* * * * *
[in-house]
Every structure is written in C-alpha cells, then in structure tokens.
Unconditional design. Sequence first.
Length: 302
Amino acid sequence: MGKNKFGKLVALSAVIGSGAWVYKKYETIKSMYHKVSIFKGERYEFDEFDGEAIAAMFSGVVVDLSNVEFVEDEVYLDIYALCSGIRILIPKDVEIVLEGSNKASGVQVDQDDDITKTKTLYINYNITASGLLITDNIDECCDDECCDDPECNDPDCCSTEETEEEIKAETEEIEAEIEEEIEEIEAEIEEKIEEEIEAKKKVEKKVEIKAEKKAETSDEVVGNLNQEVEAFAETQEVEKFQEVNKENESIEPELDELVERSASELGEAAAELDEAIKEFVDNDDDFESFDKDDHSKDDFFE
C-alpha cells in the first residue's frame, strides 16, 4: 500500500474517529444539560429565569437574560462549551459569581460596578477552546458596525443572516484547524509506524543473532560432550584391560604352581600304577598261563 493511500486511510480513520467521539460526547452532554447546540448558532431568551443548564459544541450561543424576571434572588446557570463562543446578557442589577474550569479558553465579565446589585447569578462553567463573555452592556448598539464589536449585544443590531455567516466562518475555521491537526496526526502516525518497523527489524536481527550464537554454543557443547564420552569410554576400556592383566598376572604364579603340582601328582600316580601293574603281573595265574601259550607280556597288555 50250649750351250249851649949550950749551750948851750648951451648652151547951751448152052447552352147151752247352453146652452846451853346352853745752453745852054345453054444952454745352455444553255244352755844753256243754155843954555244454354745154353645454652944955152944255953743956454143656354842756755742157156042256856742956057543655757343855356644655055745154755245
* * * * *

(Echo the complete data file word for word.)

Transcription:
[in-house]
Every structure is written in C-alpha cells, then in structure tokens.
Unconditional design. Sequence first.
Length: 302
Amino acid sequence: MGKNKFGKLVALSAVIGSGAWVYKKYETIKSMYHKVSIFKGERYEFDEFDGEAIAAMFSGVVVDLSNVEFVEDEVYLDIYALCSGIRILIPKDVEIVLEGSNKASGVQVDQDDDITKTKTLYINYNITASGLLITDNIDECCDDECCDDPECNDPDCCSTEETEEEIKAETEEIEAEIEEEIEEIEAEIEEKIEEEIEAKKKVEKKVEIKAEKKAETSDEVVGNLNQEVEAFAETQEVEKFQEVNKENESIEPELDELVERSASELGEAAAELDEAIKEFVDNDDDFESFDKDDHSKDDFFE
C-alpha cells in the first residue's frame, strides 16, 4: 500500500474517529444539560429565569437574560462549551459569581460596578477552546458596525443572516484547524509506524543473532560432550584391560604352581600304577598261563 493511500486511510480513520467521539460526547452532554447546540448558532431568551443548564459544541450561543424576571434572588446557570463562543446578557442589577474550569479558553465579565446589585447569578462553567463573555452592556448598539464589536449585544443590531455567516466562518475555521491537526496526526502516525518497523527489524536481527550464537554454543557443547564420552569410554576400556592383566598376572604364579603340582601328582600316580601293574603281573595265574601259550607280556597288555 50250649750351250249851649949550950749551750948851750648951451648652151547951751448152052447552352147151752247352453146652452846451853346352853745752453745852054345453054444952454745352455444553255244352755844753256243754155843954555244454354745154353645454652944955152944255953743956454143656354842756755742157156042256856742956057543655757343855356644655055745154755245